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Trump’s cabinet : the people behind our country

By Scout Van Cise, opinion editor

donald_trump_signs_orders_to_green-light_the_keystone_xl_and_dakota_access_pipelinesNo matter your political views, Donald Trump is the President of the United States. It’s a common belief that he will be calling all the shots for the next four years, but what most people forget is that the American government is divided into federal executive departments that involve almost every important subject matter with which the country is faced.

These departments are led by the Presidential Cabinet, handpicked by the current president to fill the 15 positions available. After being selected by the president, the nominees are presented to the Senate for either confirmation or rejection. The Senate consists of two senators from each state, a total of 100 voters. In the event of a 50-50 tie, the vice president makes the final decision, which has only happened once in history. That one time happened to be last week, over the Secretary of Education nominee Betsy DeVos.

The Department of Education is in control of all student loans, grants, and laws in all forms of education. It provides federal funding for every type of school there is, from public, to private, to college. The Secretary of Education is in charge of managing a one trillion dollar student loan bank as well as protecting students from waste, fraud, and abuse of money and educational resources.

I cannot stress enough how unqualified DeVos is for this title. She admitted in her confirmation hearings that she has never been responsible for a student loan of any kind, nor has she managed any sort of bank to demonstrate that she will adequately manage the department’s finances. DeVos also argued during those hearings that guns may be necessary in schools to prevent outside predators such as… wait for it… grizzly bears.

While DeVos isn’t one of Trump’s better choices for his cabinet, some of his nominees are qualified and experienced in their fields. Elaine Chao, the new Secretary of Transportation, served from 2001-2009 as Secretary of Labor under the Bush administration. Chao has a master’s degree in business administration from Harvard Business School as well as serving several leadership positions such as director of the Peace Corps and the CEO of United Way of America, a nonprofit organization to better communities around the country. Chao won the confirmation vote with only six of the 100 senators voting against her. Chao is an example of one of Trump’s stronger cabinet members, but some are not as promising.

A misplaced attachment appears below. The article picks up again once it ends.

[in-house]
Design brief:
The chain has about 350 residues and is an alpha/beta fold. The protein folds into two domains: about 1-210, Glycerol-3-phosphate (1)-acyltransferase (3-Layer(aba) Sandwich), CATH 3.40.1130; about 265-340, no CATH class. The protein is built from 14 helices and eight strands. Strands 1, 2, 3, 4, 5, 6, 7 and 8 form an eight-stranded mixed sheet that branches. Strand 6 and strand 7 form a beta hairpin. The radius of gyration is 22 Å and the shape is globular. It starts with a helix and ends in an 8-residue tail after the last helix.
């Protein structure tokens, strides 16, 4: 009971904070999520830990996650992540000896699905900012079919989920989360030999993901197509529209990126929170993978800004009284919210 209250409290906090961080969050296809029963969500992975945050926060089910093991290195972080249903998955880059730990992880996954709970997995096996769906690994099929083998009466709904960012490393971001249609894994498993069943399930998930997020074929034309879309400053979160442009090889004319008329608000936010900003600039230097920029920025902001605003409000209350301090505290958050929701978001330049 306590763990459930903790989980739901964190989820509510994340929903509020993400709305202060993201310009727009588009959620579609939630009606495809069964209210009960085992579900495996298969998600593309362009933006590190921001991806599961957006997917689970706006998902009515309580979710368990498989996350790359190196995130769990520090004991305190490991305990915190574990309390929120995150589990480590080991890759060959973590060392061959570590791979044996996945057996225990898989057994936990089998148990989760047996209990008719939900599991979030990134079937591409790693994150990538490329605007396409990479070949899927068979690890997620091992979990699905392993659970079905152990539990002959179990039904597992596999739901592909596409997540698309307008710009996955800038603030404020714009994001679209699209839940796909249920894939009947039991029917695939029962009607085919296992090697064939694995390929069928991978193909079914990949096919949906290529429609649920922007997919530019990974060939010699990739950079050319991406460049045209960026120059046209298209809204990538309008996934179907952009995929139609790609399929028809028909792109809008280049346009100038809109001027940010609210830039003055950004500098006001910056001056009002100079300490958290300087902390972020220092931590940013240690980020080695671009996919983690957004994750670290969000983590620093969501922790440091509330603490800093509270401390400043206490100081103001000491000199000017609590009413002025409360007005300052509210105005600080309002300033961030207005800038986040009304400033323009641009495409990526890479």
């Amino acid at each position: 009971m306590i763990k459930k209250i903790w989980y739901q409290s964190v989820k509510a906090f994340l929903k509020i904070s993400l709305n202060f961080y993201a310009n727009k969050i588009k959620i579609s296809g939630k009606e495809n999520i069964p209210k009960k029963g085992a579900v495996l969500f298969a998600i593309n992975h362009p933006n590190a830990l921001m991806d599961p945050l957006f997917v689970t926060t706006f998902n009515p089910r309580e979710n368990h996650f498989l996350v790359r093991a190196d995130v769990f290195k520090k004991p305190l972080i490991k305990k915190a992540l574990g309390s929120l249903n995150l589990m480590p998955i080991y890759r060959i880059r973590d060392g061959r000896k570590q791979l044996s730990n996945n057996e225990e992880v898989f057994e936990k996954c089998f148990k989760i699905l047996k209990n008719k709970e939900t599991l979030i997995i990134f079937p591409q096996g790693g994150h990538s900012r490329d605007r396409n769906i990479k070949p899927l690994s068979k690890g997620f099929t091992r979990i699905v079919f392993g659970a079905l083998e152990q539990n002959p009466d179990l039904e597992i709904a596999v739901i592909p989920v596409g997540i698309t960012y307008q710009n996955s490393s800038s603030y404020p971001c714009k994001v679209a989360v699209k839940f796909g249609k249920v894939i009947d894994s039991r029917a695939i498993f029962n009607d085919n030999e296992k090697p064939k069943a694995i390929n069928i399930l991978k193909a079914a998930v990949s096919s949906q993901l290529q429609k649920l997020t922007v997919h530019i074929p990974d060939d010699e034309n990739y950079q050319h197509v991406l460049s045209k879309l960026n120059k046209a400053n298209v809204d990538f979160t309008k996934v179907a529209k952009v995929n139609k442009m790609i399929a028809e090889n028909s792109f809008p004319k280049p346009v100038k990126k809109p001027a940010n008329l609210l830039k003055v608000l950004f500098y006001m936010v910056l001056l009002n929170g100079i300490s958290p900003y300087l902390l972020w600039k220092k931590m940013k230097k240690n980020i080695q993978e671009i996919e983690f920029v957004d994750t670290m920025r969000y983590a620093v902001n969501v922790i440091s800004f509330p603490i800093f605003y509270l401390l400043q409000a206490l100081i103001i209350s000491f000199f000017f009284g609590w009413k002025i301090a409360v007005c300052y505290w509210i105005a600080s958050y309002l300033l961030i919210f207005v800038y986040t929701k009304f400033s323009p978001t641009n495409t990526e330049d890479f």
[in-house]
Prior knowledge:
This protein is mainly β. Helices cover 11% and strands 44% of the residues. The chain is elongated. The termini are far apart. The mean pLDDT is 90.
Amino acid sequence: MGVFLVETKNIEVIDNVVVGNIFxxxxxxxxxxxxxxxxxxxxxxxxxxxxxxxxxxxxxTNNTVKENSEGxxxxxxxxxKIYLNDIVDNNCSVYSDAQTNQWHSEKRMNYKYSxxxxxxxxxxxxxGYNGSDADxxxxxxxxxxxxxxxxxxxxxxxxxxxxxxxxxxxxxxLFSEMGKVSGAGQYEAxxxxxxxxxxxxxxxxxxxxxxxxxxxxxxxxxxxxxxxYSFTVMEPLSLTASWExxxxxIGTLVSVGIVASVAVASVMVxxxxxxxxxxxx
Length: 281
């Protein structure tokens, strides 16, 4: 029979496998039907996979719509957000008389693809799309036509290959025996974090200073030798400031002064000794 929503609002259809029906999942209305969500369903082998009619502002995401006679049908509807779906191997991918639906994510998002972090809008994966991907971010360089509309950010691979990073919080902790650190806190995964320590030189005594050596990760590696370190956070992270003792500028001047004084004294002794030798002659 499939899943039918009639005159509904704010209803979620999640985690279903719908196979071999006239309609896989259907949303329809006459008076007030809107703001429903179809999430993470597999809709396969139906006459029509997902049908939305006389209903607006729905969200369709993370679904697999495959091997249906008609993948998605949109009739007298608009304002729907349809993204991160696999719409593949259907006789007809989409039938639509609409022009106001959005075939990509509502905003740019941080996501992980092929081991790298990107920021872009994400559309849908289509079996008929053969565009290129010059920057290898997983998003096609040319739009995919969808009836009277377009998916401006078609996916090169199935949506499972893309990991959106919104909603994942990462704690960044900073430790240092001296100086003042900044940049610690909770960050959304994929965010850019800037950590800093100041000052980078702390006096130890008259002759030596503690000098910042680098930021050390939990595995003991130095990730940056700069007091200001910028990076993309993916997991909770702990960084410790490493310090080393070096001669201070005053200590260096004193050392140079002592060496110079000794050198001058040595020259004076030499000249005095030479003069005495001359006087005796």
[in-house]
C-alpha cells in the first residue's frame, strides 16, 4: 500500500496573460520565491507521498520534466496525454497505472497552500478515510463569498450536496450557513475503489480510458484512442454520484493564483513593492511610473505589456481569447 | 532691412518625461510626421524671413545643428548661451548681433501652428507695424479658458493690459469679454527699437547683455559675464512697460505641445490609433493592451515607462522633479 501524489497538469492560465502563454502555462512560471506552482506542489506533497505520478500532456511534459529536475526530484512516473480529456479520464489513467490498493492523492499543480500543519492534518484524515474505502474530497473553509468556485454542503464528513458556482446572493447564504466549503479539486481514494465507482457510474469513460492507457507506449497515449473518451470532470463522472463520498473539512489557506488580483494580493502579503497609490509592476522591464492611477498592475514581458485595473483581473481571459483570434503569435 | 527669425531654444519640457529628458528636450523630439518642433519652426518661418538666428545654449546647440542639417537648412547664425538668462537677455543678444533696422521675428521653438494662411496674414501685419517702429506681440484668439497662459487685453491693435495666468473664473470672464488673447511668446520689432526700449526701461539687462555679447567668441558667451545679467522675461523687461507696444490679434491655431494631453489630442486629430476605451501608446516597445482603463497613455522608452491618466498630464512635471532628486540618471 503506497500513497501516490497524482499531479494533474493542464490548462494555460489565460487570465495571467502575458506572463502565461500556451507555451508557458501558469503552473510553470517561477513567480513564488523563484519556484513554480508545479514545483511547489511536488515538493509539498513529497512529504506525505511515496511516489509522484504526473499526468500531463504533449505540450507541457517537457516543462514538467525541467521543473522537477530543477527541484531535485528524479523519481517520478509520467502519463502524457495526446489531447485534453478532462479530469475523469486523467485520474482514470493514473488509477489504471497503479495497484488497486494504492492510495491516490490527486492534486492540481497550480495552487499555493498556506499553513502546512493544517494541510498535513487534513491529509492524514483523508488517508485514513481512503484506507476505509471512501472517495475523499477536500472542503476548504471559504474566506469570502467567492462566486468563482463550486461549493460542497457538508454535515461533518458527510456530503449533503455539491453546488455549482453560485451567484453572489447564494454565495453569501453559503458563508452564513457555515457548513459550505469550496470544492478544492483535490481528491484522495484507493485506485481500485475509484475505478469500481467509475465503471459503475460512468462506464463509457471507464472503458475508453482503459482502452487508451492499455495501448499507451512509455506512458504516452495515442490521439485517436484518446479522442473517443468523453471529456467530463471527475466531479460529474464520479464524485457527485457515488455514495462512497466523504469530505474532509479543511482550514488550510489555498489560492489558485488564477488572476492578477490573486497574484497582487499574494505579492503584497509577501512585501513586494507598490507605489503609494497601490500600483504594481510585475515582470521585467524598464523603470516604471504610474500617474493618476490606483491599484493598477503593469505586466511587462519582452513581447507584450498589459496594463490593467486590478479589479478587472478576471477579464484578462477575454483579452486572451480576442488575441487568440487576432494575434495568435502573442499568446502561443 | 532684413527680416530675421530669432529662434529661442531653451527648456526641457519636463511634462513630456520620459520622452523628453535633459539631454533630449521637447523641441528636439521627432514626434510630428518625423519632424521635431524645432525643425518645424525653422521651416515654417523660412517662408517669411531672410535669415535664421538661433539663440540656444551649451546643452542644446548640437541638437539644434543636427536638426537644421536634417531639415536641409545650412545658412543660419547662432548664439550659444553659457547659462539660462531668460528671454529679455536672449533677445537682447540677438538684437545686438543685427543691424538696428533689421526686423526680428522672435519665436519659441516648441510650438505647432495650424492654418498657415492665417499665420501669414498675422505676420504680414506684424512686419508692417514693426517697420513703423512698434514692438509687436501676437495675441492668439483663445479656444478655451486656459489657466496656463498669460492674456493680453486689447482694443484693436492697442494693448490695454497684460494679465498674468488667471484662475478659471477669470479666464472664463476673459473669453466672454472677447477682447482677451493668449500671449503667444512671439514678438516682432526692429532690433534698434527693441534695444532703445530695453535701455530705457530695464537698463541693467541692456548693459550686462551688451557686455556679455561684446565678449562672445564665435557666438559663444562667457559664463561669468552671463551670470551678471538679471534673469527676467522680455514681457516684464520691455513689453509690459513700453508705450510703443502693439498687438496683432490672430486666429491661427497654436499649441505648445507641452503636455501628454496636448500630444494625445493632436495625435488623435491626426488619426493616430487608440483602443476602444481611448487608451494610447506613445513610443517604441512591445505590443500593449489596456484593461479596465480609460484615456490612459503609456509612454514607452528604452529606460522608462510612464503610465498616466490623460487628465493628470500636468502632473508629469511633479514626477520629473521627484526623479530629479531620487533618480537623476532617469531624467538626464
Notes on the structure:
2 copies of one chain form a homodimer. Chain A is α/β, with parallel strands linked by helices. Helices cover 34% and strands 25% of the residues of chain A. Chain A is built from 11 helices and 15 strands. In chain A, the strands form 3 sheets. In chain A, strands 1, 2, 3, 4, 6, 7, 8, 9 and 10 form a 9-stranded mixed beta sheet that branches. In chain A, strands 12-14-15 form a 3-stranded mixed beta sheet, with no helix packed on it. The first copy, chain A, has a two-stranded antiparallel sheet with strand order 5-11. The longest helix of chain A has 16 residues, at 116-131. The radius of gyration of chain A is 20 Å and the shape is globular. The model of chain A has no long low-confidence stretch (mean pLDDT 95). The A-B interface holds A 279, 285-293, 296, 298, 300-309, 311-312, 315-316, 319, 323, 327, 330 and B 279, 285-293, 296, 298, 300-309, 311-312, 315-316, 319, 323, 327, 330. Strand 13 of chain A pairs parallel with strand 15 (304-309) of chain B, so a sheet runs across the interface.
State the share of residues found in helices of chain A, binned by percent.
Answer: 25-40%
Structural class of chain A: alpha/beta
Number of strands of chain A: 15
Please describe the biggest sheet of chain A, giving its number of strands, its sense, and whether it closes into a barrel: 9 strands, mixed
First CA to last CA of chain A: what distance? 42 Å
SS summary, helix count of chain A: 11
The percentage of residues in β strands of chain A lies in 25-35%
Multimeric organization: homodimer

Rick Perry, Trump’s choice for Secretary of Energy, has little to no experience in his potential field. Perry himself ran for president in 2011, and actually planned on eliminating three executive departments, one of them being the Department of Energy. While Perry is the former governor of Texas with a special interest in fossil fuels, the department mainly deals with the development and safety of nuclear material. With Perry’s bachelor’s degree in animal science from Texas A&M University, he is not exactly what one might call an expert in nuclear devices. Rick Perry has yet to be confirmed as Secretary of Energy, but other cabinet members who have been confirmed are much better prepared for their posts. 

Confirmed Secretary of Defense James Mattis is retired general of the United States Marine Corps. Mattis served in the military for 41 years fighting in the Persian Gulf War, Iraq, and Afghanistan, holding leadership positions such as head of the Marine Corps Combat Development Command. Mattis was confirmed with an overwhelming 98 votes in his favor, proof that the vast majority of U.S. senators trust that he will do his job as the head of the Defense Department.

Trump’s cabinet is still taking form, and not all members have been confirmed yet. Despite opposition and doubts, these 15 people will be making major decisions for our country for the next four years, so all we can do is hope that they will succeed.

staceyanderton1 View All

Journalism Adviser, Saegertown Jr. Sr. High School

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